# How to correctly compare floating point numbers for equality

###
Benjamin Black
*Updated on *
・1 min read

IEEE 754 is an approximate representation of floating-point numbers; therefore, floating-point numbers should not be directly compared for equality.

(This issue is common to any language that uses IEEE 754 floating-point, including Javascript.)

Programmers are probably familiar with variations of this head-scratcher:

```
let f1 = 0.1 + 0.2;
let f2 = 0.3;
console.log(f1 === f2); // 'false'
```

Comparisons of IEEE 754 floating-point numbers must account for ε (epsilon), the maximum relative error in floating point numbers (defined as "the difference between 1 and the smallest floating-point number greater than 1").

In Javascript, the value of ε for IEEE 754 double-precision floating point is a static property on the `Number`

object (`Number.EPSILON`

).

To account for ε and correctly compare two floating-point numbers for equality, subtract one number from the other and ensure the difference is smaller than ε.

```
let f1 = 0.1 + 0.2;
let f2 = 0.3;
console.log(Math.abs(f1 - f2) < Number.EPSILON); // 'true'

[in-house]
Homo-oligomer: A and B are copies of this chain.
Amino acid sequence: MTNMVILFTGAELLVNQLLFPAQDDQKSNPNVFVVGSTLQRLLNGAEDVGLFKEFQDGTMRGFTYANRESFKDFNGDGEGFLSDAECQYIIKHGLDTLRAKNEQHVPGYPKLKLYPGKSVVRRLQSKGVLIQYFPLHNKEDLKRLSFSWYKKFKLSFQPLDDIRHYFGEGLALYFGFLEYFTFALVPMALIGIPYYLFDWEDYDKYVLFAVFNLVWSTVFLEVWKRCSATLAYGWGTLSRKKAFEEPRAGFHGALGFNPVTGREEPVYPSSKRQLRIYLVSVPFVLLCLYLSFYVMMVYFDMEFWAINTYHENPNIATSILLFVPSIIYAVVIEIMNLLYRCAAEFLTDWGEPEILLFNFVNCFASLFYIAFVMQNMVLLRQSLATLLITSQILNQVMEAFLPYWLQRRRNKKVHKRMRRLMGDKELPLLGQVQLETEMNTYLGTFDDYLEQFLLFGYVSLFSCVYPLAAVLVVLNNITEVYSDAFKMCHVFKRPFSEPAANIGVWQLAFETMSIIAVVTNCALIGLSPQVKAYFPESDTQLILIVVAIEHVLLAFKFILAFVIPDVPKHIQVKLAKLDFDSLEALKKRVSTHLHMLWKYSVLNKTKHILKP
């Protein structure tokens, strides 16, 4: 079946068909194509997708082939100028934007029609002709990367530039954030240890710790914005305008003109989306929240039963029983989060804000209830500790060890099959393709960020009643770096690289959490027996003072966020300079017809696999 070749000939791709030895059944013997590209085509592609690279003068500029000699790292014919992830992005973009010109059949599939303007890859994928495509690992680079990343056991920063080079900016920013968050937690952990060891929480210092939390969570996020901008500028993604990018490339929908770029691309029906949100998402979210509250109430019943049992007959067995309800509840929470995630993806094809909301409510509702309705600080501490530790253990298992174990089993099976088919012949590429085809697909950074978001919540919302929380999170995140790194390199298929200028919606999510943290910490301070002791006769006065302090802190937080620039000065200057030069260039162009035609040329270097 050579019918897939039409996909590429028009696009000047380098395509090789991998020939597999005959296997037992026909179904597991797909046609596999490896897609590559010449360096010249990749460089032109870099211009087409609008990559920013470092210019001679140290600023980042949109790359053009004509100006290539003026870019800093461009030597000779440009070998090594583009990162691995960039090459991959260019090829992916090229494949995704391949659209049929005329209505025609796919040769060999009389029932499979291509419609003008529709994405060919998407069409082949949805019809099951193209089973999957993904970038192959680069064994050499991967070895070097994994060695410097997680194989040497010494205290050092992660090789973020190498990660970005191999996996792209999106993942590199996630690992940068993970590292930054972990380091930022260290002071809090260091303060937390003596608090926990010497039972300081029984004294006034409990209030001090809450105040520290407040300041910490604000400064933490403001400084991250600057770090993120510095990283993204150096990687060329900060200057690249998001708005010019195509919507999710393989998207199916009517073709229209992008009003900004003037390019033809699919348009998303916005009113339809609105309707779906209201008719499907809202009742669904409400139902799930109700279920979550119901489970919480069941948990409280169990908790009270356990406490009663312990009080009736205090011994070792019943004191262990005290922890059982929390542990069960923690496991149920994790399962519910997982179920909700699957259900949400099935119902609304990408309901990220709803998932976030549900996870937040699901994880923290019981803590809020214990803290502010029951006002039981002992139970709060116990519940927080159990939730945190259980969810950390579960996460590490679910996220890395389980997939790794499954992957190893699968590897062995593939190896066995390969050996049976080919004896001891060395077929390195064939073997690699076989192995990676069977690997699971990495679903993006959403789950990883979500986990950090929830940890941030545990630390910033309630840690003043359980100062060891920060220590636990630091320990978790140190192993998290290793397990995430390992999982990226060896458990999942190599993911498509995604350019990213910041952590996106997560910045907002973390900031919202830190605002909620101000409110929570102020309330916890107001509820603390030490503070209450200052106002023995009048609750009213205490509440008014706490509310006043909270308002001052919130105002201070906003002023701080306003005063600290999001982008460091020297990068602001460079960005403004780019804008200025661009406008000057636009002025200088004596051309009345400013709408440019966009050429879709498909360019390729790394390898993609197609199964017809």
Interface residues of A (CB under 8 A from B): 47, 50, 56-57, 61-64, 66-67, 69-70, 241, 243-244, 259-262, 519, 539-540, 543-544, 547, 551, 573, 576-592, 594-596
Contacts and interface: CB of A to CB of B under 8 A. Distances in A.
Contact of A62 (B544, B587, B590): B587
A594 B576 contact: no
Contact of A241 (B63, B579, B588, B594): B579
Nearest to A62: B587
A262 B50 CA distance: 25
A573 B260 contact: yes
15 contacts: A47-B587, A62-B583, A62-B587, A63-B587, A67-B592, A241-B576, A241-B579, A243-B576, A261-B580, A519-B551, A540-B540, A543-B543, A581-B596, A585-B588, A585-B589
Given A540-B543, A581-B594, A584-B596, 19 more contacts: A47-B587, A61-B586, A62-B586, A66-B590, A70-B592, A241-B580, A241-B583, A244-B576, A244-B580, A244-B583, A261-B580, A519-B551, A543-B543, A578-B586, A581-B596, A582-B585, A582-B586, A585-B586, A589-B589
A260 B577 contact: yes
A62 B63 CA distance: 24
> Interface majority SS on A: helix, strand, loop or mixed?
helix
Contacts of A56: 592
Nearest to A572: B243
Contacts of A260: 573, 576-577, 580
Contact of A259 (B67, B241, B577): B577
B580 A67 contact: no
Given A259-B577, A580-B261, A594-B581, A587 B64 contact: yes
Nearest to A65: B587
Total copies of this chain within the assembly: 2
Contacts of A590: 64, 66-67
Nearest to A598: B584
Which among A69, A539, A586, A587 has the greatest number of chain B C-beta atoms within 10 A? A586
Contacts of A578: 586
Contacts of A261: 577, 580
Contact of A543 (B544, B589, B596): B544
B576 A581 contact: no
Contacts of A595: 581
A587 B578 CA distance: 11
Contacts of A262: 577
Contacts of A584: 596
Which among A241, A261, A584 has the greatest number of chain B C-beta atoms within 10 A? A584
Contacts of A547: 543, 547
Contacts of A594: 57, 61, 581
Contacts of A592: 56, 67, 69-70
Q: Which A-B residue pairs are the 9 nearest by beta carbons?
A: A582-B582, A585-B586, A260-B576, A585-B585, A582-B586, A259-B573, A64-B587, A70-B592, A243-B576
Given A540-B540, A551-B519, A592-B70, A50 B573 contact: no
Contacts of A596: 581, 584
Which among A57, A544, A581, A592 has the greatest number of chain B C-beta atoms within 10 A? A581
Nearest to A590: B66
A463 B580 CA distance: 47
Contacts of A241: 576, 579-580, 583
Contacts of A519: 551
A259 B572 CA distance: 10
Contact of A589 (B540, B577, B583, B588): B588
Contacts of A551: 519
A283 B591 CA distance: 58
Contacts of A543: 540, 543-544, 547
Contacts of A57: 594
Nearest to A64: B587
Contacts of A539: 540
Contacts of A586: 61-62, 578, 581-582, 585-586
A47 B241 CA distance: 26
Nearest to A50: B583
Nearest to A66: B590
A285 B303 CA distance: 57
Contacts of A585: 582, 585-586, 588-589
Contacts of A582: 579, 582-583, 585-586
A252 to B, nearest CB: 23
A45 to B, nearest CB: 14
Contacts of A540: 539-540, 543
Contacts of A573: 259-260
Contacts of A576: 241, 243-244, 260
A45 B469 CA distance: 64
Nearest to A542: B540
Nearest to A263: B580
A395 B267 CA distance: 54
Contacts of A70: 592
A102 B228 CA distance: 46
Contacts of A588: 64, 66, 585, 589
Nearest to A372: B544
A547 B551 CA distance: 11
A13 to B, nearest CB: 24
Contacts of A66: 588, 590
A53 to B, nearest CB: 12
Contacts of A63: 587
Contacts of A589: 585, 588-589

```

(The comparison should be strict less-than, not lte, by the definition of ε: `1.0 + ε ≠ 1.0`

in IEEE 754 representation.)

**Addendum:** There is a stage 0 proposal to add a decimal numbers to Javascript, which can precisely represent all decimal numbers within its range and precision.

The "correct" way would be for ECMA group to abstract this gotcha into an override of the == and/or === operators for floats in an upcoming version of ES :D... but good tip!

That would certainly be breaking.

I feel like I wouldn't mind them doing that to

`==`

, which means "approximately equal" in my head, but in reality that would become a reason to use`==`

with all its coercions and we definitely don't need that.Nice! This problem is common for most of the languages, thanks for the reminder!

I'm new to js, and thus far have not seen the epsilon defined in any other languages. I recall in school calculating machine epsilon as an exercise. The only other time I've dealt with comparing floats we had to define our own acceptable epsilon. Is this very handy definition something that any other languages have implemented?

They sure do. C defines the values of ε for float, double, and long double floating point types in the standard header

`float.h`

as the constants`FLT_EPSILON`

,`DBL_EPSILON`

, and`LDBL_EPSILON`

.Awesome, thanks!